Forgotten Places of St. Louis, Missouri

By Scott K. Williams

This old building from colonial times was known as "the old Chouteau mansion". While its exact placement is in question, it is believed to have been situated in Bonfils, near the Wabash RR tracks. It was probably the country home of the Chouteau family which owned land in the vicinity. The village of Bonfils no longer exists and has been incorporated within the City of Bridgeton. 


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Old Places and Forgotten Towns of St. Louis County:

"Kenwood Springs", St. Louis County, Mo. This postcard is circa 1910. In 1910 Federal Census, Ernest M. Leonard is recorded as living on Natural Bridge Road (no street number given). By the 1920 census he is living at 3710 Salome Ave. (which is a side street directly off Natural Bridge Road),  in present day City of Pine Lawn. In a May 3, 1908 (part 3, page9) advertisement in the St. Louis Republic newspaper, the Kenwood Springs Realty Company (owned by Herman C. G. Luyties) describes Kenwood Springs as "The Garden Spot of St. Louis County", located on Natural Bridge Road, and that over 100 families are living there. "Only desirable people, those of families, are wanted at Kenwood.  Those who will own their own house and live in it. No speculators can get hold of Kenwood property." "Kenwood Springs is accessible to the city. All improvements are made--Sewerage, sidewalks, graded streets, county water supply, electric light, telephone service, gas, curbs, fine flowers, trees, natural drainage, restricted property..." Various models of homes were available including the very popular "bungalow". The add states one can secure a house for "$50 down and the balance on easy monthly installments." 1908 directions to Kenwood Springs: "Take any car to Wellston or Suburban Garden.  Change to car marked 'Ferguson.'. Three minutes ride from Suburban Garden.  Just outside the city limits." Thanks to Dennis Northcott, researcher at the Missouri Historical Society for finding this advertisement.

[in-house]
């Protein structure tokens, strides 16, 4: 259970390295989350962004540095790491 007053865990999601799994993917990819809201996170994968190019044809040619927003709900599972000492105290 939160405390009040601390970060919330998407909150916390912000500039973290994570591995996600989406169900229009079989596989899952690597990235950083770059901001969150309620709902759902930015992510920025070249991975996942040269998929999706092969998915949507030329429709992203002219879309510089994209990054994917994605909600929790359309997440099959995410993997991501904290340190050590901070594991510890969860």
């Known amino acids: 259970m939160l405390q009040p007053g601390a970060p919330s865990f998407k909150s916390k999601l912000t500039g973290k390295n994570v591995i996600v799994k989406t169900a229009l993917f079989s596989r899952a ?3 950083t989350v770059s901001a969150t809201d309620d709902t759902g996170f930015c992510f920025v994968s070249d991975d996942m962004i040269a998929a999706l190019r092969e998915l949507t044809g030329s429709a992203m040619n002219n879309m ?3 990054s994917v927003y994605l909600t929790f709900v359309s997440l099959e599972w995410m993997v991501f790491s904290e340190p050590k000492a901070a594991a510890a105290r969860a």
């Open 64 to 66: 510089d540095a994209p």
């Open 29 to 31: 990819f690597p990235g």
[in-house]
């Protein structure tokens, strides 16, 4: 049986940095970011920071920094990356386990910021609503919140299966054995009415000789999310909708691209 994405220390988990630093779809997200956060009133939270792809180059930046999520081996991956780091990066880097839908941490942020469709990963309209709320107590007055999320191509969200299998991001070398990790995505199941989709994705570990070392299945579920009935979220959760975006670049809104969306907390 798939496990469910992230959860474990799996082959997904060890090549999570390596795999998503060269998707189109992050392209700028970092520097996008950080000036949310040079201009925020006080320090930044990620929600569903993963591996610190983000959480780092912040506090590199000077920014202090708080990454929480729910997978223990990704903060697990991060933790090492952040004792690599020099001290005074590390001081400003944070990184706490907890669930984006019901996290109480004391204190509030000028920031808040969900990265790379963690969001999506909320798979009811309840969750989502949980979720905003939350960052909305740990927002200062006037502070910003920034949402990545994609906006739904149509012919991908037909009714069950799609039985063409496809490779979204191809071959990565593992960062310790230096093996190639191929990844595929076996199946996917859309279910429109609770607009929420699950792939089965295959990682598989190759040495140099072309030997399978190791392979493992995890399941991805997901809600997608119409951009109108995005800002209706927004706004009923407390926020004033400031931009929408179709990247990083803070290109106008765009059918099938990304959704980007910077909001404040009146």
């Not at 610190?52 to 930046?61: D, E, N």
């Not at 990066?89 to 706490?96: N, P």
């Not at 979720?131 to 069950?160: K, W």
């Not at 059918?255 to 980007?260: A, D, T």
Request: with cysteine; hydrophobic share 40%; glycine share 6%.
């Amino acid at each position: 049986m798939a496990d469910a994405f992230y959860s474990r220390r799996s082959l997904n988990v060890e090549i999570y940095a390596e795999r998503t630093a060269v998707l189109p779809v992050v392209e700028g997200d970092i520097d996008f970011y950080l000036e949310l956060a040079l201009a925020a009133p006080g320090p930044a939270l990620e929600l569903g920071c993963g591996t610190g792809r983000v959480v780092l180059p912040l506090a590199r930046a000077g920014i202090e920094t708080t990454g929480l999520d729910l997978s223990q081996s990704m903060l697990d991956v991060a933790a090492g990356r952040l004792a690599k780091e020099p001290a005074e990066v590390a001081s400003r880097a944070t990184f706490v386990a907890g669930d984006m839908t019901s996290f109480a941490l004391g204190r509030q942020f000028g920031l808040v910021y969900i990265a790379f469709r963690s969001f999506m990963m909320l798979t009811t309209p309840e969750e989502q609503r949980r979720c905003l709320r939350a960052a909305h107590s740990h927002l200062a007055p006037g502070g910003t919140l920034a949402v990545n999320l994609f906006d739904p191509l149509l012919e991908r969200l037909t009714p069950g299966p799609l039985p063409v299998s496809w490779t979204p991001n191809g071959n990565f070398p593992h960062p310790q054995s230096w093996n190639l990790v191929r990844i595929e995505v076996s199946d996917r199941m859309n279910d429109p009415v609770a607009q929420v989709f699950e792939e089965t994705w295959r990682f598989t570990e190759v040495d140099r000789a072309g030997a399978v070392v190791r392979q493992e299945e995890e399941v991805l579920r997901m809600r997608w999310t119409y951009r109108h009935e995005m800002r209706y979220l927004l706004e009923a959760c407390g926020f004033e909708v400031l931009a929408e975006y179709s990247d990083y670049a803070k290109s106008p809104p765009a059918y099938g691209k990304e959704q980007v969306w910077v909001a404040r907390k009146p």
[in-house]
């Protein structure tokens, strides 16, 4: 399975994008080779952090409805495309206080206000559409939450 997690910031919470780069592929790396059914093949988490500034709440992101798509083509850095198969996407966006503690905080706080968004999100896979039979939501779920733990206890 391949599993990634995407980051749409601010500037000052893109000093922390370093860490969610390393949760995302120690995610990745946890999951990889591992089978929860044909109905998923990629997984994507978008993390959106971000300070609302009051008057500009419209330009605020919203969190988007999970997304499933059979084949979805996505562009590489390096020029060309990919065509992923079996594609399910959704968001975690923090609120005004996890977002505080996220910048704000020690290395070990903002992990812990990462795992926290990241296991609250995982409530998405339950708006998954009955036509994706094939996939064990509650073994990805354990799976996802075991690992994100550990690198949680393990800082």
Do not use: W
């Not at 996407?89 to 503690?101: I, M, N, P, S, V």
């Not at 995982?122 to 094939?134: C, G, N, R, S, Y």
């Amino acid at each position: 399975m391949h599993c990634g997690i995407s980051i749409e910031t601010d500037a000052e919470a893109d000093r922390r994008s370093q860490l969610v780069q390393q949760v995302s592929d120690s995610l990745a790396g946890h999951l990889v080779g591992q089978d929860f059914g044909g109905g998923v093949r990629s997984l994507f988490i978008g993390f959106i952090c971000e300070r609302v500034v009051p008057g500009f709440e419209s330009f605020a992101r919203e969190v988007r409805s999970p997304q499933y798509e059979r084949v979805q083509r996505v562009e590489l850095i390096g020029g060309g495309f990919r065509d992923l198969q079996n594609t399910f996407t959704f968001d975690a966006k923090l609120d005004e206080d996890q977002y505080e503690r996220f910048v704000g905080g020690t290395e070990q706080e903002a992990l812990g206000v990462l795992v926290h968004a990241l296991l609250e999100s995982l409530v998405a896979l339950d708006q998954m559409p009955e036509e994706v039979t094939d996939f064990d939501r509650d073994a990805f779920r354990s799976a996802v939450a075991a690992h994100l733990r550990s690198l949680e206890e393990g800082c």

More about the resident: Ernest M. Leonard (b. circa 1871 Maine) and his wife, Jessie N. (b. circa 1871 Mass.) lived with son, Stuart M. (b. 1906 Missouri).  In the 1910 Federal census (Central Township-St. Louis County) Leonard is listed as a shoemaker and by 1920 he is listed as a superintendent of a shoe factory.  By 1930, the Leonard family had moved off to the Mobile area of Alabama and were operating a truck farm.


P.O.- Post Office

A 1883 Colorized Map of St. Louis may help place many of these locations. Unfortunately this map does not include the area west of Quinette (Kirkwood/Meramec Station) area.

See note regarding Townships

Note: Some towns that proceeded the time the City split off from the County, and are now located within the City of St. Louis,  may be inadvertently listed under St. Louis County.

Note Regarding Townships of St. Louis County:

Originally for planning purposes St. Louis County was divided up into townships.  The actual boundaries can be seen on a black/white 1883 St. Louis Township Map published in the "History of St. Louis City and County", by J. Thomas Scharf. These townships were:

While these identities may have the same names as actual towns or cities, they are not analogous. For instance St. Ferdinand township encompassed an area from present day Bridgeton, Ferguson, Florissant, Blackjack, Spanish Lake and all of "North County" to the boundary to the City of St. Louis.

Today the County is still divided up into townships, but many more have been added and it is vastly different arrangement from the 1883 version. Since many of my sources come from old accounts,  I will use the old township map and not the modern version.


Old Places or Forgotten Towns of St. Louis City:

Note: Some towns that proceeded the time the City split off from the County may have inadvertently be listed under St. Louis County.

(P.O.- Post Office)

History's Time Portal to Old St. Louis

You are the 73833rd Visitor to this Site. This page was last updated Wednesday, 27-Jul-2005 11:38:39 CDT by Scott K. Williams, Florissant, Mo.